Dear Mr. Lasn,
I just finished reading Culture Jam over the past two days, after a friend from my simplicity circle let me borrow it. Since she is "mainstream" and I am "alternative" I was surprised that it was the book she lent to me when I asked her for more information on the voluntary simplicity movement. I started your book with wonder, and even a little awe. I, too, flirted briefly with situationism as a philosophy/sociology major in college (although I have to admit that Guy Debord has stumped me more than any other philosopher I've read before or since- thank god for Vaneigm). But I guess your book brought up a lot of questions for me. First and foremost, I want to tell you claiming that culture jamming isn't "cool" is a crock of shit.
It's funny, since your description of what is wrong with the world is the lack of connection with nature, and conversation in real time, and that your prescription for this is culture jamming (tm). While mentioned as a simple solution, the emphasis is not on talking to each other more, starting salons in living rooms, having indie punk shows in basements, writing groups and musical jam sessions in back yards, hiking clubs free to the public. The emphasis is on fucking things up.
While I agree that fucking things up is good and sometimes necessary, I know it doesn't leave me feeling as fulfilled, in the long term, as reading a book and having a discussion, inviting friends (or elders) over for organic, home-cooked dinner, or having sex in a way that is open, intimate, honest, vulnerable and not like on t.v. Culture jamming makes a good story, it is for show. But, just like
television, it isn't really REAL.
Oh yeah, speaking of t.v. I found it interesting that you spend so much time talking shit about tv, but then spend possibly more time trying to get face time on it. I know it's good to hit them where it hurts, I agree, but since I work at the front desk of a public access station, I can tell you that most public television stinks. When I first started working there, I was excited about the chance to help under-represented groups get on television. Now I know that these under-represented groups include every possible Christian denomination (they left some Bibles here yesterday, and I put them in the lost and found– how's that for culture jamming? or does it only count when a big corporate group is being oppressive? or is it enough to just act like one?), various assortments of hate groups, people who hate Jews, women, Muslims and many other people who I usually walk away from on the street, which is a real time way of changing the channel. Public airwaves, also, do not change the problem of unilateral media. Not everyone has the time or desire to start their own show (some of us would prefer to spend time with our craft, our loved ones or our children) and even public television has to cater to half-second attention spans. Which of this isn't obvious, you publish a magazine (which I can't afford, by the way--and I don't seem to get the "cool" aspects of it the way my rich graphic design student friends in over-priced art schools do) that doesn't feature ads.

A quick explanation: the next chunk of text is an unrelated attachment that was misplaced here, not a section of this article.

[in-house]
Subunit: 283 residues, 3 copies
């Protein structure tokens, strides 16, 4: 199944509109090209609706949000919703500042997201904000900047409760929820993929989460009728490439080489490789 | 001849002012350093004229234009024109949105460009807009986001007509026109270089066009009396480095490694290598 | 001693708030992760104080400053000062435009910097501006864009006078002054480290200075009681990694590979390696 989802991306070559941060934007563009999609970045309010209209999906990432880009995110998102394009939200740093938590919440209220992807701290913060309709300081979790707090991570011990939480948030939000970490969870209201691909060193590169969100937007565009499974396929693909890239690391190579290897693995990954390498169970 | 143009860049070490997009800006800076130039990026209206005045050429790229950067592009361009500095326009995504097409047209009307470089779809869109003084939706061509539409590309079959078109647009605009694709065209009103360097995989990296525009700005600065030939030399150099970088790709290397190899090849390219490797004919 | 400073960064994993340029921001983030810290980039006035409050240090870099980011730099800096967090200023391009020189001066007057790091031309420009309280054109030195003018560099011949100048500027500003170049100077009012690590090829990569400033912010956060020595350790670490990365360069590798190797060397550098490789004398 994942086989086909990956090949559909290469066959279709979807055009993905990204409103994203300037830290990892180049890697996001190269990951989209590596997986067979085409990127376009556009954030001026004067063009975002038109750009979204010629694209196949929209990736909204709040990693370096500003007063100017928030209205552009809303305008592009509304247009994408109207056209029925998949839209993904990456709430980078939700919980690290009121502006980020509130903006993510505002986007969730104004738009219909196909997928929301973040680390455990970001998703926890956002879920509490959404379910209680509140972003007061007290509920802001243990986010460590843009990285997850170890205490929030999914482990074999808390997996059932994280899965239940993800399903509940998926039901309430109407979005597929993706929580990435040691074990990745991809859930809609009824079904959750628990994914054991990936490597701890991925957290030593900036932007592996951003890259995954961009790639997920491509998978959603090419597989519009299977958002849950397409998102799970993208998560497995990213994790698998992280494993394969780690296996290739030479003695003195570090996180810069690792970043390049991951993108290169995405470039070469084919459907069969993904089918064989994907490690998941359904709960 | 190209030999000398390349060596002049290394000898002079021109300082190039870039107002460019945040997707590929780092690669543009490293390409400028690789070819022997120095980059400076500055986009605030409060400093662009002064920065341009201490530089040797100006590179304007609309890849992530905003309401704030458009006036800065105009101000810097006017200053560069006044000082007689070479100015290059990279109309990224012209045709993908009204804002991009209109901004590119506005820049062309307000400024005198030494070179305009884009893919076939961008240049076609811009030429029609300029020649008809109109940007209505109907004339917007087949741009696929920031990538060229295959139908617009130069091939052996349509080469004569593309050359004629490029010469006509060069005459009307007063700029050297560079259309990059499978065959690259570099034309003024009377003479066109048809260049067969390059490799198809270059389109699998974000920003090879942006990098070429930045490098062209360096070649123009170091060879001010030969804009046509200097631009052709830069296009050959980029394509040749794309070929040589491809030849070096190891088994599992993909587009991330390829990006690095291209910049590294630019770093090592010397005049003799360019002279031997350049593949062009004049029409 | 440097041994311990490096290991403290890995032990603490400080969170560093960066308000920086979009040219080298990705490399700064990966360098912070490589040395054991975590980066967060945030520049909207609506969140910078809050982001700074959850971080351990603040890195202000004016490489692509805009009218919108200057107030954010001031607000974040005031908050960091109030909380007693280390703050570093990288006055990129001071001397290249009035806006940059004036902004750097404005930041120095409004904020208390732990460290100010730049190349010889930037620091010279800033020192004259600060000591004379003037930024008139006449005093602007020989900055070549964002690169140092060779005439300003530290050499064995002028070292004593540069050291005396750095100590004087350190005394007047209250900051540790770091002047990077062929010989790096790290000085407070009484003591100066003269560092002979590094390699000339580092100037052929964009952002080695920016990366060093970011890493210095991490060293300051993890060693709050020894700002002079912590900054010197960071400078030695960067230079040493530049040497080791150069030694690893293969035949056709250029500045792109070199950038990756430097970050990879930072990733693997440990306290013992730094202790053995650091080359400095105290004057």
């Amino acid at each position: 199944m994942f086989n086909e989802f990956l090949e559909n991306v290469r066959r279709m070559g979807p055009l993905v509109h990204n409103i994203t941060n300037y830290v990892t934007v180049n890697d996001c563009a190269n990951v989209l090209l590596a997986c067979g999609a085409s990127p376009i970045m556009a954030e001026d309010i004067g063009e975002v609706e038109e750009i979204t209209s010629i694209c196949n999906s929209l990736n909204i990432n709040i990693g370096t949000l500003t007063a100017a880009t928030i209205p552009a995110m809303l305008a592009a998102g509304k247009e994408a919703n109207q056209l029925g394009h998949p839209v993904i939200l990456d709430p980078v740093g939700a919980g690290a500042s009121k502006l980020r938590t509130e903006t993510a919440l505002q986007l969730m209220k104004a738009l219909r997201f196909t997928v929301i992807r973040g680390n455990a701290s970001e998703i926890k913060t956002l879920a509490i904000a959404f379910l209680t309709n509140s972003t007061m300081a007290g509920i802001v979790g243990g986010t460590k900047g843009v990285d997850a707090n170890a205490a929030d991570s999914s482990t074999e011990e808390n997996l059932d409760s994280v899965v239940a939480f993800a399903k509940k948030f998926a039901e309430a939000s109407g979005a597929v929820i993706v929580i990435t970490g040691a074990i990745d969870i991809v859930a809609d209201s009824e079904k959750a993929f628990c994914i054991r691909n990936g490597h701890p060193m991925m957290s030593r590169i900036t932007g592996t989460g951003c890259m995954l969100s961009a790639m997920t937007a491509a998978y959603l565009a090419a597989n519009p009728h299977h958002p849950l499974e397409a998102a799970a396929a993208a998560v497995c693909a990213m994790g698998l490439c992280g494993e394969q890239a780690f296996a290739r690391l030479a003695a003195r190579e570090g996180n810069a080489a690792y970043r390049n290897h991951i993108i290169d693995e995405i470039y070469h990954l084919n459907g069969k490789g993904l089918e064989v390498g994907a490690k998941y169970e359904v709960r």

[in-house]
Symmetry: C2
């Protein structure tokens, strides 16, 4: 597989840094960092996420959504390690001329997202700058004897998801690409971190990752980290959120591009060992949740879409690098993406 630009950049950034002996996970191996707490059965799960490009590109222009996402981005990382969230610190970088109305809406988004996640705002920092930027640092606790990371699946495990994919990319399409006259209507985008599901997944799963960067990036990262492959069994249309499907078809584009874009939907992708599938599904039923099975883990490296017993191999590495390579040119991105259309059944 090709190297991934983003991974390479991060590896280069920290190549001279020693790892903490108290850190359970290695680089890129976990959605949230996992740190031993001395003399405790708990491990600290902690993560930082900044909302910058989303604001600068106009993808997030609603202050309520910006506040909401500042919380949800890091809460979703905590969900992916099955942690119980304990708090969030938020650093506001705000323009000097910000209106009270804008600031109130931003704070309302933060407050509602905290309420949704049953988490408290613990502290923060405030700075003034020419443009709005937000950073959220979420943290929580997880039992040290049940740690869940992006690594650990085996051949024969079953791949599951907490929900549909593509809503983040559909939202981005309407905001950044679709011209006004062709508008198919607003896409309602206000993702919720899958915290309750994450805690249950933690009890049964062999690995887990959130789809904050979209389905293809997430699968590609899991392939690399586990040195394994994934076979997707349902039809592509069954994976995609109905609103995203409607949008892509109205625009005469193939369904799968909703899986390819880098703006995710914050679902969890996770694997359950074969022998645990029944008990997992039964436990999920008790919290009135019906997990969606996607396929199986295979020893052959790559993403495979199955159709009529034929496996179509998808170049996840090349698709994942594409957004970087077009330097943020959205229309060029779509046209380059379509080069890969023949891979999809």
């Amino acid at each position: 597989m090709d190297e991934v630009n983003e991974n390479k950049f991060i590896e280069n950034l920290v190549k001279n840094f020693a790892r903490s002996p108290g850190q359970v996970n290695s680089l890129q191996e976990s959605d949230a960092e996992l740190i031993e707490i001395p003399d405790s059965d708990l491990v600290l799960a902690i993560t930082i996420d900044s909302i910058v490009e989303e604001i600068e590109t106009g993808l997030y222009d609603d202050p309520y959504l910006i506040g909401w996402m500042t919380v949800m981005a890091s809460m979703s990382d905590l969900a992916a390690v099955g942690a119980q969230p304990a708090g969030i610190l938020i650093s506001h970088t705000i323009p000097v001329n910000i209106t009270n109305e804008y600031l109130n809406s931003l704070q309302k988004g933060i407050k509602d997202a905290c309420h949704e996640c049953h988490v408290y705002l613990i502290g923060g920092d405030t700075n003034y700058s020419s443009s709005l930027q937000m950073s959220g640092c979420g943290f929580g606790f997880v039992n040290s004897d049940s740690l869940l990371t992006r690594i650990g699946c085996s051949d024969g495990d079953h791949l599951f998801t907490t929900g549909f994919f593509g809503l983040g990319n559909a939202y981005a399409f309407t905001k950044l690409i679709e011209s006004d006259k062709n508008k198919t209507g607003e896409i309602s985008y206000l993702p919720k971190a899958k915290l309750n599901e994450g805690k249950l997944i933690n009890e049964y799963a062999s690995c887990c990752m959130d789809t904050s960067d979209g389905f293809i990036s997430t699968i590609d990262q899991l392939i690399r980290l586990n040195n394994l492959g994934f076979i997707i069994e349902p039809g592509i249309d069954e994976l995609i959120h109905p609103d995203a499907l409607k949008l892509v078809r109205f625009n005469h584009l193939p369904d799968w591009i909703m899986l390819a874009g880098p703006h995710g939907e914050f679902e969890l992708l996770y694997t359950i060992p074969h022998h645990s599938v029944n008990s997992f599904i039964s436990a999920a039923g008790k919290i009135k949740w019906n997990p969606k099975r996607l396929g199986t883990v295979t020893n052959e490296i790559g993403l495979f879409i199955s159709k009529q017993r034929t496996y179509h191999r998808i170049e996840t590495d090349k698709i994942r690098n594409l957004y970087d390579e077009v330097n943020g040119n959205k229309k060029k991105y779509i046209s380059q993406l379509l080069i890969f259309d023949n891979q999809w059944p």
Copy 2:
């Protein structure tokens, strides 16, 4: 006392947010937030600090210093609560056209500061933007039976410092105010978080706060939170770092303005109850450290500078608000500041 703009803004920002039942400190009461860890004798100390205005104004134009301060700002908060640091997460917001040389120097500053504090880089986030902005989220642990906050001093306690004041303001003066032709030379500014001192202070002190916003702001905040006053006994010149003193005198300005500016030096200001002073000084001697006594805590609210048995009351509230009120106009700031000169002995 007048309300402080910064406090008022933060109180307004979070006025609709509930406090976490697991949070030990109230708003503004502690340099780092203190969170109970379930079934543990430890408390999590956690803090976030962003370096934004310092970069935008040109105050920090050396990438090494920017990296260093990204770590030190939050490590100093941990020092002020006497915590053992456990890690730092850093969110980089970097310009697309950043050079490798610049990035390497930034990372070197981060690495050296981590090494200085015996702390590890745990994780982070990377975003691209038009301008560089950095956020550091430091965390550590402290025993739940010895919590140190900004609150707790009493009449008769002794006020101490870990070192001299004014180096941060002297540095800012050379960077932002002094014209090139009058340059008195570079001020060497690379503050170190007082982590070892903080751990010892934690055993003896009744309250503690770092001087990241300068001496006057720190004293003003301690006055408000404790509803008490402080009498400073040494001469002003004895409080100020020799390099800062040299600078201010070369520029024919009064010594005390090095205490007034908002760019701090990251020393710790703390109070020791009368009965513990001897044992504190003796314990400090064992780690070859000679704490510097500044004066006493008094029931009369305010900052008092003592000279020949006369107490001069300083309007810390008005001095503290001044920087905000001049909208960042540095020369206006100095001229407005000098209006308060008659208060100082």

I know someone who has this awesome bike space– in Victoria, no less, your home turf– which reuses old bike parts, scraps old metals, serves as an art and community space, teaches homeless people bike repair, is collectively owned and is run by consensus– all the values you claim to adhere to– and they can't place an ad in your rag. Not that they would want to. Your no-ad decision is fair enough, except that you seem to want to get YOUR ads posted
everywhere. Hell, you even charge exorbitant amounts for mass-produced banners and posters! Why shouldn't YOU be paying people to advertise your wares, as you advocate, showing the same amount of decency that Nike has, when they pay that poor kid to shave their logo in his fancy new haircut?
I was also pretty confused by your website. As a person who advocates
turning off your computer, you sure do have an extensive website with a lot of "campaigns" that seem pretty impossible to break into (unless you're a rich art student), kind of like the "activist scene" was when I first started, until I remembered I didn't care. Another element of confusion for me is the culture jamming you attribute to Christian fundamentalists. Excuse me for asking, but who the hell are you forging alliances with?
It's true that the religious right can control television, as evidenced by the American Family Association, Christian Leaders for Responsible Television, the Family Friendly Programming Forum, and other private censorship boards that make a mockery of "tv turn off week," contributing to the control of television content by advertisers (!!) through pre-screening, letting small, powerful pressure groups of "fundamentalist christian culture jammers" dictate the content and lay down moral guidelines by pulling out ads from shows that dare to question nuclear war, feature non-heterosexual couples, or dare to cover the complexity of controversial issues such as single parenting, abortion, assisted suicide, or the pill. Oppression, oppression! That kind of censorship in television, the watered-down television that results, frankly sucks more than public access does.
Living without dead time, to me, is about more than just following your "deprogramming guidelines,"– which is a contradiction in itself, by the way.
Yael Grauer, human being